The individuals behind the statistics are profiled in a documentary about Syrian refugees trying to rebuild their lives in Lebanon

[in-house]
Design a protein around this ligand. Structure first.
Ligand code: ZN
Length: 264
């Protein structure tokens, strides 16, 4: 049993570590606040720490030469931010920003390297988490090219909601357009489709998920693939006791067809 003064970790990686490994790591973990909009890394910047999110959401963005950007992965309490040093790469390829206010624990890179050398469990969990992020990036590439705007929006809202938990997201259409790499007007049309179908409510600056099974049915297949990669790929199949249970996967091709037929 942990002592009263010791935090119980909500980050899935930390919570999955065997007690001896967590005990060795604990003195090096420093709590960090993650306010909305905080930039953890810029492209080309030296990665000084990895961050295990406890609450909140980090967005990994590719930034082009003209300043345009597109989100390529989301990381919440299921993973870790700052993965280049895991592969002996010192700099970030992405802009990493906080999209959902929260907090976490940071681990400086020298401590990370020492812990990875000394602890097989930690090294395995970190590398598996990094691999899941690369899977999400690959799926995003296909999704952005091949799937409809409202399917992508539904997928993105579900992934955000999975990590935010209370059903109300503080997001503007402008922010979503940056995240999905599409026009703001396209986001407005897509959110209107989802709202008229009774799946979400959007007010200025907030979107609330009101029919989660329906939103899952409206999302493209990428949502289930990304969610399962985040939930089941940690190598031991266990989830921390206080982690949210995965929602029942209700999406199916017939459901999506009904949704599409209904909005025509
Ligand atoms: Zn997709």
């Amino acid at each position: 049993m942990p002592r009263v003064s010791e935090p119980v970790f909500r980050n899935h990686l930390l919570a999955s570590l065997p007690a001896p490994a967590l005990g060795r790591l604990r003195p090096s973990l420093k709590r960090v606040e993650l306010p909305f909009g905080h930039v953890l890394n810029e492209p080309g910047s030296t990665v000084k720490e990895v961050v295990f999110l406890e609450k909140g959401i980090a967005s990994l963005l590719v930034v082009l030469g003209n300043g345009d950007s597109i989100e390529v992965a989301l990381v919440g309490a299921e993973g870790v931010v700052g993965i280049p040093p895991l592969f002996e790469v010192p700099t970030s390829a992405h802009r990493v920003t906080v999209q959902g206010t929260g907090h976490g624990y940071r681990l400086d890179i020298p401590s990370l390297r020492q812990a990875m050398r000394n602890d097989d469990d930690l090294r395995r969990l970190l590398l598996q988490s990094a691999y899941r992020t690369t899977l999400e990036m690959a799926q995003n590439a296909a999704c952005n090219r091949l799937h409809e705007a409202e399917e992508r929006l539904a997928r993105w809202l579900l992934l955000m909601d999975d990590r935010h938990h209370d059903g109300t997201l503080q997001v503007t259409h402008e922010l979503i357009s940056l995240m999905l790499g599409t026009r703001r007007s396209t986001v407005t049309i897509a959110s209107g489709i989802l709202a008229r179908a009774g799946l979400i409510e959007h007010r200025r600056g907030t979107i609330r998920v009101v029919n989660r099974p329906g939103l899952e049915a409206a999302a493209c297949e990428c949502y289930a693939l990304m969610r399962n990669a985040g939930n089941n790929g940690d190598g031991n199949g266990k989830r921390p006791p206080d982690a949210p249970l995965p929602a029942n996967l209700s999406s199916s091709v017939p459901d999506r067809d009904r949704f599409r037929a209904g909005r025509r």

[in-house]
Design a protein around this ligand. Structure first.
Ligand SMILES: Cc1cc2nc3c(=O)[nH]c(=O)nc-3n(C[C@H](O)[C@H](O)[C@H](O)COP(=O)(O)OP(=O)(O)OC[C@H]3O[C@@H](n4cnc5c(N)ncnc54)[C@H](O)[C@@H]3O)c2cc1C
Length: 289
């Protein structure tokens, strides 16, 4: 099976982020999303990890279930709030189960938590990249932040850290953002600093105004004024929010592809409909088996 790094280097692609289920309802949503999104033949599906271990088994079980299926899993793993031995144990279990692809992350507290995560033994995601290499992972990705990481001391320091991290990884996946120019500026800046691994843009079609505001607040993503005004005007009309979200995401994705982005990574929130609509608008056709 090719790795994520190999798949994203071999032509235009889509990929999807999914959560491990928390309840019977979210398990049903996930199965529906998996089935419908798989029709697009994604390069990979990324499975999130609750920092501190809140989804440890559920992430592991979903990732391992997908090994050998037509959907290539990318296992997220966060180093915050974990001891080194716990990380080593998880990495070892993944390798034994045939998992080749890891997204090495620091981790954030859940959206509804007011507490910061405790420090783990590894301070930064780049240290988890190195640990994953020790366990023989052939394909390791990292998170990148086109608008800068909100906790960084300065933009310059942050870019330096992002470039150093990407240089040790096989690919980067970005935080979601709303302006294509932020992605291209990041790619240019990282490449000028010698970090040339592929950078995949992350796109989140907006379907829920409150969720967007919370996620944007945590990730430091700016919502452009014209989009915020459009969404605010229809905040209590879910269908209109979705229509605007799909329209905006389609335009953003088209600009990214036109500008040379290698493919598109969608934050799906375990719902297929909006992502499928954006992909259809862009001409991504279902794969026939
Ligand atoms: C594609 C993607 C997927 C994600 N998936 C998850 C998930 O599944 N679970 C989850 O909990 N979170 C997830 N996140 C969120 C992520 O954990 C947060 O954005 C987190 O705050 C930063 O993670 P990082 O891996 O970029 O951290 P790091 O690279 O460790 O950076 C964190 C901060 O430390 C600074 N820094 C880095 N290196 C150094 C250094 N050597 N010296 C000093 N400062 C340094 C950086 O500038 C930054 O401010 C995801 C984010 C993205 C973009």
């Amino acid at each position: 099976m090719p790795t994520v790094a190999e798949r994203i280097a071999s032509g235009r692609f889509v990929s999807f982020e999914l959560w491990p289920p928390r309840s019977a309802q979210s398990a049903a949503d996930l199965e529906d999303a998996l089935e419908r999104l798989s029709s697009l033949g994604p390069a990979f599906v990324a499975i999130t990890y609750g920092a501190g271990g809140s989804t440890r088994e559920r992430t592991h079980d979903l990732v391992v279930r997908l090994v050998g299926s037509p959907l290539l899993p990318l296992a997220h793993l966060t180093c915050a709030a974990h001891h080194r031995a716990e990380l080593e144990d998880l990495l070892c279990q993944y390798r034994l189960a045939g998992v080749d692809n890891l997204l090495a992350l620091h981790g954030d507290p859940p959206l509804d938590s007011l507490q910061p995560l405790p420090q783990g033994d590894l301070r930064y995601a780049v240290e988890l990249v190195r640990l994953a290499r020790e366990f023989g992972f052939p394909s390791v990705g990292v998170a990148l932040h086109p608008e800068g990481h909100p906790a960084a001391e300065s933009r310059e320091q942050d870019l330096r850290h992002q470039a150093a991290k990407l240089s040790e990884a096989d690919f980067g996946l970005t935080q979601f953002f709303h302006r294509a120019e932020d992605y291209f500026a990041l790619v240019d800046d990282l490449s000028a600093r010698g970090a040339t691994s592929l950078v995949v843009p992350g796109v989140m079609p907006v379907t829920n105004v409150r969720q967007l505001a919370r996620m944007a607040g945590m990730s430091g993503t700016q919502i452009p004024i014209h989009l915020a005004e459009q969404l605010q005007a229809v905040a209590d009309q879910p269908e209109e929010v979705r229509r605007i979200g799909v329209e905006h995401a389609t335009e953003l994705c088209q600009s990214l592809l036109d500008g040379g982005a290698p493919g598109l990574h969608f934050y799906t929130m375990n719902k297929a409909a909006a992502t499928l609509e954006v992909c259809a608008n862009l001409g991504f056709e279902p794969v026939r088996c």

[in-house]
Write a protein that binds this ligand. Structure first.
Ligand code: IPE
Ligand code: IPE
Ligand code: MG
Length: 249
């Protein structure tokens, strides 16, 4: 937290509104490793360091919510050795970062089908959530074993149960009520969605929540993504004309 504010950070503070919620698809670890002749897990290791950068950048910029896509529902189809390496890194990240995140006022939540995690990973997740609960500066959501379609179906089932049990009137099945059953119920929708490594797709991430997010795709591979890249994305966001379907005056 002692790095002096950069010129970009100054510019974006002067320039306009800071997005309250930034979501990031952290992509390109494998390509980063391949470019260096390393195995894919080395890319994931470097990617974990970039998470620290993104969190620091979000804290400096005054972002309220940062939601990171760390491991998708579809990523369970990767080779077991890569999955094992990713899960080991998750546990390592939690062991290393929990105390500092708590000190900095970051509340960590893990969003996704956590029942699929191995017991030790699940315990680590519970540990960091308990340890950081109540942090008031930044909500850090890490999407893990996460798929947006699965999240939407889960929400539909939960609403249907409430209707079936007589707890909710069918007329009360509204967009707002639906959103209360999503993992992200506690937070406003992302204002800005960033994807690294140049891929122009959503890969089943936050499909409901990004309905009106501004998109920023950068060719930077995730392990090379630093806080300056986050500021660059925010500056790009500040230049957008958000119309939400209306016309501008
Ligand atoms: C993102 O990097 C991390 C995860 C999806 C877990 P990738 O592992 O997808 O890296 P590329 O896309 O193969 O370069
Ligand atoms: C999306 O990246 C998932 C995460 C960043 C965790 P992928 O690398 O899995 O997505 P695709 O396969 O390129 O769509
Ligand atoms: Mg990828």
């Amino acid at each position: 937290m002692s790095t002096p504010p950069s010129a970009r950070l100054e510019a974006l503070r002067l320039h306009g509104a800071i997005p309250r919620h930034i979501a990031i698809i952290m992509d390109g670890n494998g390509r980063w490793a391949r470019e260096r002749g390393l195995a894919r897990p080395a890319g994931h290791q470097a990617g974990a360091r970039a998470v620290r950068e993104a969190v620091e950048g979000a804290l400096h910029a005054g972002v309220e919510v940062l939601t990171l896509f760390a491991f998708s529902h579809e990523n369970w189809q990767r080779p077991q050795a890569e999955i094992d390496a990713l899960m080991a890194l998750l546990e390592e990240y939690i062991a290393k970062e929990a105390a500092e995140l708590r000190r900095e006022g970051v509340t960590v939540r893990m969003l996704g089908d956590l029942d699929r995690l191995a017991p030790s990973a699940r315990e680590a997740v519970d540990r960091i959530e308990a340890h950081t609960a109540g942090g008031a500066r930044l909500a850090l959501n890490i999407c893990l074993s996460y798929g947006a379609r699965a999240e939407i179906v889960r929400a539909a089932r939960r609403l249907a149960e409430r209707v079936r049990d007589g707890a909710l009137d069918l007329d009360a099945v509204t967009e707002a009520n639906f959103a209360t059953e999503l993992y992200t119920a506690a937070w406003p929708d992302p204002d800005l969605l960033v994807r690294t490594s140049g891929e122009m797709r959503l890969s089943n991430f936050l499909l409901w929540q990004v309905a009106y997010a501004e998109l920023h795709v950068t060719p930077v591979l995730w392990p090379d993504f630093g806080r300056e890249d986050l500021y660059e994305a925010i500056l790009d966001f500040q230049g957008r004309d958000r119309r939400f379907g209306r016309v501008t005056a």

The Syrian civil war is always there in the news to varying degrees, depending where you look. And yet, tragically, due partly to Islamophobia and compassion fatigue, the real people behind the statistics about refugees remain too often nameless and undifferentiated. This deftly assembled, empathic but measured documentary by co-directing sisters Sophia and Georgia Scott forms a corrective as it profiles four Syrian refugees living in Lebanon. Community leader Sheikh Abdo lives in a refugee camp by the border and pours his energy into running a school for the displaced kids, although his good work is hampered by being constantly arrested by the Lebanese authorities. One of his volunteer teachers is Nemr, barely out of his teens himself, a bright young man who understands the risk that the next generation will just become mindless soldiers for Isis if they’re not educated. Up the road in Beirut, hirsute artist Mwafak ekes out a living with no legitimate papers and weighs his extremely limited options. Meanwhile, dynamic Reem, a trained architect, does what she can to organise civic self-help programmes in Shatila, once the site of a massacre (depicted in docu-cartoon Waltz With Bashir) and now a hellish, fast-developing ghetto for a new generation of refugees. The film might have been improved by slightly less mawkish music and not resorting to literal-minded shots of pigeons taking flight while a voiceover discusses those who flee, but otherwise this is a moving, galvanising work that tackles this horrific humanitarian crisis with a fresh eye and ear.